Some of you have asked questions about the history of anti-racism in the UUA. There are three videos we highly recommend to help you understand the history and some of the context in which our current conversations are taking place.
For its spring 2017 Minns Lecture Series, the Minns Lectures Committee hosted a group of leading and insurgent Unitarian Universalist historians, ethicists, and activists who presented their research on the historical and future trajectories of Black Lives Matter and Unitarian Universalism. Who were the African American leaders in Unitarian, Universalist, and Unitarian Universalist congregations? Why don’t Unitarian Universalists today know about our black antecedents? What is the relationship between this “black hole” in white consciousness about African Americans and the contemporary Black Lives Matter movement?
Curated by the Rev. Mark Morrison-Reed, the series consisted of two lectures:
Friday, March 31 – The Rev. Mark Morrison-Reed, Affiliated Member, Meadville-Lombard Theological School, with respondent Rev. Mary Margaret Earl, Executive Director and Senior Minister at the Unitarian Universalist Urban Ministry (UUUM)
Saturday, April 1 – The Rev. Rosemary Bray McNatt, President, Professor of Unitarian Universalist Ministry and Heritage, Starr King School for the Ministry with respondent DiDi Delgado, writer, activist, organizer, and freelance journalist.
The struggle for black empowerment and racial justice within the Unitarian Universalist Association (UUA) came to a head in 1967-1970. The video, Wilderness Journey tells the story of what happened through the voices of those involved at the time. It is highly recommended viewing for those interested in understanding the history of the time. One of the speakers at General Assembly, Dr. Sanyika, was a participant in those events and referred to them in his speech to the delegates during plenary. We cannot embed the video in this blog, you will need to visit the link to watch it.
If you are interested in seeing the speech by Dr. Sanyika at GA, we have included it below:
You are also invited to attend the new monthly #UUWhiteSupremacyTeachin Curiosity Circles Webinar led by Rev. Renee Ruchotzke at 6 pm ET on Wednesday, July 6 and on the first Wednesday night of each month. This is an opportunity for our Central East congregational leaders to learn together so you can find their own theological center and voice in this important time. Wherever you stand or however you feel, we will meet and walk with you.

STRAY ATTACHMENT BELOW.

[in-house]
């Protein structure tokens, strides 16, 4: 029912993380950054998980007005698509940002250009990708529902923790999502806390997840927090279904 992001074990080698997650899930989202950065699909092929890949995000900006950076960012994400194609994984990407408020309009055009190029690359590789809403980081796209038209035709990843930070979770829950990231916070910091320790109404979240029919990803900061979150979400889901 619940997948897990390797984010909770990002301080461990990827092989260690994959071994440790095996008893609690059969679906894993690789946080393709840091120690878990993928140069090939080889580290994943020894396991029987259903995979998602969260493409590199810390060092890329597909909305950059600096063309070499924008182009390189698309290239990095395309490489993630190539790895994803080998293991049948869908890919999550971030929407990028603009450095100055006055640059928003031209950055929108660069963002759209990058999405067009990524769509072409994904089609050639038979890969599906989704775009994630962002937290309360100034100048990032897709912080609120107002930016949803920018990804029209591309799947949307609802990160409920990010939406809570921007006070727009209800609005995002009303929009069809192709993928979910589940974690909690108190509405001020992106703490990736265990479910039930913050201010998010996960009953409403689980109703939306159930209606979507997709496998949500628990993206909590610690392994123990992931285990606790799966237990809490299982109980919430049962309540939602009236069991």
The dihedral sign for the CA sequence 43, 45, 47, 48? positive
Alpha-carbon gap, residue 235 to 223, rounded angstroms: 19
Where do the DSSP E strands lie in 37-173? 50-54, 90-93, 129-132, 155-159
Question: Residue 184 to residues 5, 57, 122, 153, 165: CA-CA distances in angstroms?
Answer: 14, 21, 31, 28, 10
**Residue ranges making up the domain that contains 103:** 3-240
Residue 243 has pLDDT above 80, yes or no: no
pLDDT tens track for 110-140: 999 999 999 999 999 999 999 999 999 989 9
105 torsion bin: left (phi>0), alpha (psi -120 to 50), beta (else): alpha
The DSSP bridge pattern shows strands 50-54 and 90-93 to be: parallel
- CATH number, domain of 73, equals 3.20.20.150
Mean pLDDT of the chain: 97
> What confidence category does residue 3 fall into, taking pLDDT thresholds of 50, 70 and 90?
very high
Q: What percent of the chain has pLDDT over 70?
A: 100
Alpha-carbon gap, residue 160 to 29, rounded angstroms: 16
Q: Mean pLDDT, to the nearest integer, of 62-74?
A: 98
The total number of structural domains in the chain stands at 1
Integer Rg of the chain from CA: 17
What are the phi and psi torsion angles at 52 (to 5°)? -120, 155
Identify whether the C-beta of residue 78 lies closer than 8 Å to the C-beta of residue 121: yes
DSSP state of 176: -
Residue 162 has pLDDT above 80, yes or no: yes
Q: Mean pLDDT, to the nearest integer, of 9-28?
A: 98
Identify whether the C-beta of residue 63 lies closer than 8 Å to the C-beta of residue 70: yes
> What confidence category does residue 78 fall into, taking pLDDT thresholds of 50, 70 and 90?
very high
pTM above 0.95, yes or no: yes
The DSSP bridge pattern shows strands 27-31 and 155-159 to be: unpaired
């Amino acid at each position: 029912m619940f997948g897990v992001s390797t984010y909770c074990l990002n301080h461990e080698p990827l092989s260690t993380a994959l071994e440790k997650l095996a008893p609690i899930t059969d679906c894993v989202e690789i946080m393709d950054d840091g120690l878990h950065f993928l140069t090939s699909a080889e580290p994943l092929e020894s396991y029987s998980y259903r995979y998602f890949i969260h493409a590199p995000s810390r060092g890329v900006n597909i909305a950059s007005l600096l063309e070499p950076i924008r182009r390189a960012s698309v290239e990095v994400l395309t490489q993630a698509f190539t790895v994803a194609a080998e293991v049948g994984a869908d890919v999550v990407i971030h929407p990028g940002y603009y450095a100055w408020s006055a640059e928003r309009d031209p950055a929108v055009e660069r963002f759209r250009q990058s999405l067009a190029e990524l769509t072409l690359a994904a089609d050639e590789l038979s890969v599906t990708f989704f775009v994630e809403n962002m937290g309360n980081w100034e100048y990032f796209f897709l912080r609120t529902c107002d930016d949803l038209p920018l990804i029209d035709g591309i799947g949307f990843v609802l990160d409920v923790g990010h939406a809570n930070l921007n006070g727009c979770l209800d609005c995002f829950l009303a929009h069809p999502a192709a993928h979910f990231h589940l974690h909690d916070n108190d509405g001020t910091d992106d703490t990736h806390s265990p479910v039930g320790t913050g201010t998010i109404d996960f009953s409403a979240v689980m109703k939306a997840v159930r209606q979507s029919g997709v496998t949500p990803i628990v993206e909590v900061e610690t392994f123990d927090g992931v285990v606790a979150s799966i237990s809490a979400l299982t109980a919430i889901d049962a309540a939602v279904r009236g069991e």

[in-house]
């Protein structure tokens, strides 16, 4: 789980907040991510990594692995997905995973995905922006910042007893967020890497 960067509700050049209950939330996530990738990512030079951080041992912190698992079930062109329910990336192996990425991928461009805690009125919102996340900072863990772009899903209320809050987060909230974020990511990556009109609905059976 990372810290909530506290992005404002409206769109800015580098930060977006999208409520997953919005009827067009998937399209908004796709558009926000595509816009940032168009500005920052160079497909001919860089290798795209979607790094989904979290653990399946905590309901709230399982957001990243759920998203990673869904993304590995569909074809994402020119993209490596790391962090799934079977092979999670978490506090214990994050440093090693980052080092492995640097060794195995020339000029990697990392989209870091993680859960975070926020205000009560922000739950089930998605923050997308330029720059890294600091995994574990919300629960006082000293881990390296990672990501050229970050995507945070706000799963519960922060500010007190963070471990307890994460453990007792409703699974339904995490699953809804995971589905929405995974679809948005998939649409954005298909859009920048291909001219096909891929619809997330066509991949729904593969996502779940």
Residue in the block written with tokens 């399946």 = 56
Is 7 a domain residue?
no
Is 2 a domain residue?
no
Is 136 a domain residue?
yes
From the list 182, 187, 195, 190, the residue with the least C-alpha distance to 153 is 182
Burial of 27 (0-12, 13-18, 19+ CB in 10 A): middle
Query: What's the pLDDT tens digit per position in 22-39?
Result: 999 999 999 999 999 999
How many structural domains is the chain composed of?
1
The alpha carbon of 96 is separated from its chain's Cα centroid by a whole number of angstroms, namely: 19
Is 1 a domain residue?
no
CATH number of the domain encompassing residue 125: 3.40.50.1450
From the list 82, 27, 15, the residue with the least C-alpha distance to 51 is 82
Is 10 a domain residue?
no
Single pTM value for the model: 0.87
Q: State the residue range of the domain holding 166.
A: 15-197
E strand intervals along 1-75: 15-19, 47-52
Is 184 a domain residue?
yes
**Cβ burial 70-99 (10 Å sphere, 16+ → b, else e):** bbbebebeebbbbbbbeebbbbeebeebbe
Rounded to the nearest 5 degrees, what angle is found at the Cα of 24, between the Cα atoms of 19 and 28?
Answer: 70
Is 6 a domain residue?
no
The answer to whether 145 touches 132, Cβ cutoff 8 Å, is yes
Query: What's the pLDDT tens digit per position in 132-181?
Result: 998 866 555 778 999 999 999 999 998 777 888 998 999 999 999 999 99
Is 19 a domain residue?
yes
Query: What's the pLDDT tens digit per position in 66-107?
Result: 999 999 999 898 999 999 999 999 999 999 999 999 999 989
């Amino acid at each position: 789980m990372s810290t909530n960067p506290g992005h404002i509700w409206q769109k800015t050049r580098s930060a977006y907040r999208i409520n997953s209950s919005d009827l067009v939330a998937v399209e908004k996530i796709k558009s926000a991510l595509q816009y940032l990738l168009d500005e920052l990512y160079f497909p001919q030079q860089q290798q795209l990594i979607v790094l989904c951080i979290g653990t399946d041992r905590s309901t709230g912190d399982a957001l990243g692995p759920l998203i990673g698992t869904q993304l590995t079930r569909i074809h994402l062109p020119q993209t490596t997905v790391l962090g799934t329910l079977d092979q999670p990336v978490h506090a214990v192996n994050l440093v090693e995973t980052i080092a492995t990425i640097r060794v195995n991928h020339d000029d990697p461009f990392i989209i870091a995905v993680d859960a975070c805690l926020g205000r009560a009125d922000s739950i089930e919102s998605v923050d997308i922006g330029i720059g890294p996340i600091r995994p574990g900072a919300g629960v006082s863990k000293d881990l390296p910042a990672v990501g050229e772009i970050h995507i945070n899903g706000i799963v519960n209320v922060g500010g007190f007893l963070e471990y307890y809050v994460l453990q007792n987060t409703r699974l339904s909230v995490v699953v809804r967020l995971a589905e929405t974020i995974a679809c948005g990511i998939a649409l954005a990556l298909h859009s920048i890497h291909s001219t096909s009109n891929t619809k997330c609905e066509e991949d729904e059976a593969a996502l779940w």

If you need additional resources in this time, please reach out to your primary contact.
Many churches celebrate important anniversaries, but it’s rare that congregational historians take a wider view. But when Bill Parke, the Church Historian of the UU Church of Buffalo noted this anniversary, he researched the topic and came up with this lovely display and story.
2016 is a bicentennial year for our faith! All the way back in 1816, The Reverend Stephen R. Smith arrived here and began a preaching circuit, bringing a new religion — Universalism — to Buffalo and Western New York.
Take a moment, and teleport yourself back in me and imagine life in June, 1816 when 27-year old Mr. Smith arrived:
At this me, except on the great lateral roads from Genesee River and along the shore of Lake Erie, the settlements were comparatively few – and sometimes “far between.” There every thing but the eternal woods and waters, was new. –Almost every family still occupied its primitive log cabin–the roads were but cart-paths in the interminable forest–the streams were in most instances without bridges, and the soil deep enough to render every traveled way almost impassable. And yet, it was among these settlements, that the preacher of Universalism was to find hearers, and friends, and hope to raise up congregations!
Just a few years earlier, the village of Buffalo was overrun by British soldiers during the War of 1812. Nearly all its buildings burned. Recovery was slow. And just two Universalist societies existed in New York west of the Genesee River. But even if there weren’t churches, there were early believers: Benjamin Caryl, who helped found one of the village’s first businesses, a bank, was one. He had a house in Williamsville and invited Mr. Smith to stay with him and begin preaching. As a result, Universalism arrived in our land. Here is Mr. Smith’s own account:
On the 24th of June of this year (1816), a Masonic celebration in the then village of Buffalo, furnished a convient (sic) opportunity for the introduction of Universal Salvation into that place. The appointment was accordingly made; and at 5 o’clock, P.M. the same building and the same seats were occupied for the service, that had been fitted up for the festival. It was a new Barn, attached to one of the Taverns— and though its accommodations would now be thought rather humble, they were the best which the place afforded, and were duly appreciated by the citizens. A respectable auditory attended, and gave very patient and candid hearing to a discourse from the 6th ver. of 126th Psalm—“He that goeth forth and weepeth bearing precious seed, shall doubtless come again with rejoicing, bringing his sheaves with him.”
Mr. Smith found receptive audiences for his message and established a preaching circuit which, he wrote,
in its windings to and from the vicinity of Buffalo, embraced about two hundred and y miles. And from this time, during most of the year, this distance was very regularly traveled every four weeks. The number of discourses usually delivered in making the circuit, varied from twenty to thirty-two—that is, from five to eight per week.